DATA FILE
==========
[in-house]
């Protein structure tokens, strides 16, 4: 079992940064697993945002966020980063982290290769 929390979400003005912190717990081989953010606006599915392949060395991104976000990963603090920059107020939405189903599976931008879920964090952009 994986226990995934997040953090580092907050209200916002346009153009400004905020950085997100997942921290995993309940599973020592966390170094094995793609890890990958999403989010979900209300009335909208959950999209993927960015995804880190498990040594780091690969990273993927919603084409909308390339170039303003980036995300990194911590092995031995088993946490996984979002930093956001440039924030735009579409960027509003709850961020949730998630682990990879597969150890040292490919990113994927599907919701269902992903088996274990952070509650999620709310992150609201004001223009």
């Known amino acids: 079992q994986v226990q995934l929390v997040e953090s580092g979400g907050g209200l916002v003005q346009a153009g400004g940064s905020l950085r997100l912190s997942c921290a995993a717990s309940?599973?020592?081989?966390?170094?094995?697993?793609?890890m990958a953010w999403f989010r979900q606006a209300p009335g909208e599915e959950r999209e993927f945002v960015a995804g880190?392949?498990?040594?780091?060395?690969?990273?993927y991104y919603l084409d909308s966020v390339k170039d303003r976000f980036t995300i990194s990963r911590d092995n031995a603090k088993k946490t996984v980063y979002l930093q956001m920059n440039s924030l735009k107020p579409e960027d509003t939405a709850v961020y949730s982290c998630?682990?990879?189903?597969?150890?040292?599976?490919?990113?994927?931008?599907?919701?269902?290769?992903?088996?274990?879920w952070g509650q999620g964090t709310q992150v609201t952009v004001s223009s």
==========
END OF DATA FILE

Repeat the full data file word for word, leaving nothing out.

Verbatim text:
[in-house]
């Protein structure tokens, strides 16, 4: 079992940064697993945002966020980063982290290769 929390979400003005912190717990081989953010606006599915392949060395991104976000990963603090920059107020939405189903599976931008879920964090952009 994986226990995934997040953090580092907050209200916002346009153009400004905020950085997100997942921290995993309940599973020592966390170094094995793609890890990958999403989010979900209300009335909208959950999209993927960015995804880190498990040594780091690969990273993927919603084409909308390339170039303003980036995300990194911590092995031995088993946490996984979002930093956001440039924030735009579409960027509003709850961020949730998630682990990879597969150890040292490919990113994927599907919701269902992903088996274990952070509650999620709310992150609201004001223009």
């Known amino acids: 079992q994986v226990q995934l929390v997040e953090s580092g979400g907050g209200l916002v003005q346009a153009g400004g940064s905020l950085r997100l912190s997942c921290a995993a717990s309940?599973?020592?081989?966390?170094?094995?697993?793609?890890m990958a953010w999403f989010r979900q606006a209300p009335g909208e599915e959950r999209e993927f945002v960015a995804g880190?392949?498990?040594?780091?060395?690969?990273?993927y991104y919603l084409d909308s966020v390339k170039d303003r976000f980036t995300i990194s990963r911590d092995n031995a603090k088993k946490t996984v980063y979002l930093q956001m920059n440039s924030l735009k107020p579409e960027d509003t939405a709850v961020y949730s982290c998630?682990?990879?189903?597969?150890?040292?599976?490919?990113?994927?931008?599907?919701?269902?290769?992903?088996?274990?879920w952070g509650q999620g964090t709310q992150v609201t952009v004001s223009s």